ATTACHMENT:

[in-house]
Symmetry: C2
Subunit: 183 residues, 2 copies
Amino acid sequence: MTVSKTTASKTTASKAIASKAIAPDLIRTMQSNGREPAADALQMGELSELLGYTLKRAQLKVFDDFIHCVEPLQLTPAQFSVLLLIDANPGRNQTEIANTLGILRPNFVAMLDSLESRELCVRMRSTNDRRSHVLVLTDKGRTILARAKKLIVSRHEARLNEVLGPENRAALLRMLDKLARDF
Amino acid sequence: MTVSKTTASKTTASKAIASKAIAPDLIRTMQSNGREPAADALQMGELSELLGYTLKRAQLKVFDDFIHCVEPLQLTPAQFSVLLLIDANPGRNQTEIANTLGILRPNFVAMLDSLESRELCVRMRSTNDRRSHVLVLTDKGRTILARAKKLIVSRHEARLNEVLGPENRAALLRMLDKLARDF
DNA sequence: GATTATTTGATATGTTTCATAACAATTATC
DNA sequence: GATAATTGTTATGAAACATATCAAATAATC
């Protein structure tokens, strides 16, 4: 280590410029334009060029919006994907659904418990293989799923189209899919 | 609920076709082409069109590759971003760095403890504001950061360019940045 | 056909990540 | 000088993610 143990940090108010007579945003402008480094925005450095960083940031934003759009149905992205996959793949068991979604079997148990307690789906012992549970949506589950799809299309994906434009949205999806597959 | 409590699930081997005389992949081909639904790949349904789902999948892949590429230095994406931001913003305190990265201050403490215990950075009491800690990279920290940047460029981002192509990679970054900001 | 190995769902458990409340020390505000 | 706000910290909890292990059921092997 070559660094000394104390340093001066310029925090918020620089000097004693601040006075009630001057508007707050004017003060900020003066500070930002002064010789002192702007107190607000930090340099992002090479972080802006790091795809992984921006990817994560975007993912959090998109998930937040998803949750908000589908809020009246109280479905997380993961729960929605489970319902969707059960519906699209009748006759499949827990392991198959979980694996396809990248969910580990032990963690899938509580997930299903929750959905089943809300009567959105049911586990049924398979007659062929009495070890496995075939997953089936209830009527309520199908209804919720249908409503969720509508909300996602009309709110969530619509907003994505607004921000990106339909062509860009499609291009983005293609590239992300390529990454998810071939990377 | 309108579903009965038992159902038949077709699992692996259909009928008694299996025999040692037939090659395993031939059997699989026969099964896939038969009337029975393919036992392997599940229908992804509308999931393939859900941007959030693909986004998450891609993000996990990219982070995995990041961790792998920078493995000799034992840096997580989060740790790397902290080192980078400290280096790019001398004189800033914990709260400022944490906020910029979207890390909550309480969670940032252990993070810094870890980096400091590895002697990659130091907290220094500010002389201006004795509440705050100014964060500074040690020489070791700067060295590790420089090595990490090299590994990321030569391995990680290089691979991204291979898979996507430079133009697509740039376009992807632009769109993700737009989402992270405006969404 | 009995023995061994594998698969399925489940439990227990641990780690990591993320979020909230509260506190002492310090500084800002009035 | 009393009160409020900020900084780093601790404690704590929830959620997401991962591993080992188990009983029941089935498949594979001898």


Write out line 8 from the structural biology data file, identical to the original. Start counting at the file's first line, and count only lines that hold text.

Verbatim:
């Protein structure tokens, strides 16, 4: 280590410029334009060029919006994907659904418990293989799923189209899919 | 609920076709082409069109590759971003760095403890504001950061360019940045 | 056909990540 | 000088993610 143990940090108010007579945003402008480094925005450095960083940031934003759009149905992205996959793949068991979604079997148990307690789906012992549970949506589950799809299309994906434009949205999806597959 | 409590699930081997005389992949081909639904790949349904789902999948892949590429230095994406931001913003305190990265201050403490215990950075009491800690990279920290940047460029981002192509990679970054900001 | 190995769902458990409340020390505000 | 706000910290909890292990059921092997 070559660094000394104390340093001066310029925090918020620089000097004693601040006075009630001057508007707050004017003060900020003066500070930002002064010789002192702007107190607000930090340099992002090479972080802006790091795809992984921006990817994560975007993912959090998109998930937040998803949750908000589908809020009246109280479905997380993961729960929605489970319902969707059960519906699209009748006759499949827990392991198959979980694996396809990248969910580990032990963690899938509580997930299903929750959905089943809300009567959105049911586990049924398979007659062929009495070890496995075939997953089936209830009527309520199908209804919720249908409503969720509508909300996602009309709110969530619509907003994505607004921000990106339909062509860009499609291009983005293609590239992300390529990454998810071939990377 | 309108579903009965038992159902038949077709699992692996259909009928008694299996025999040692037939090659395993031939059997699989026969099964896939038969009337029975393919036992392997599940229908992804509308999931393939859900941007959030693909986004998450891609993000996990990219982070995995990041961790792998920078493995000799034992840096997580989060740790790397902290080192980078400290280096790019001398004189800033914990709260400022944490906020910029979207890390909550309480969670940032252990993070810094870890980096400091590895002697990659130091907290220094500010002389201006004795509440705050100014964060500074040690020489070791700067060295590790420089090595990490090299590994990321030569391995990680290089691979991204291979898979996507430079133009697509740039376009992807632009769109993700737009989402992270405006969404 | 009995023995061994594998698969399925489940439990227990641990780690990591993320979020909230509260506190002492310090500084800002009035 | 009393009160409020900020900084780093601790404690704590929830959620997401991962591993080992188990009983029941089935498949594979001898």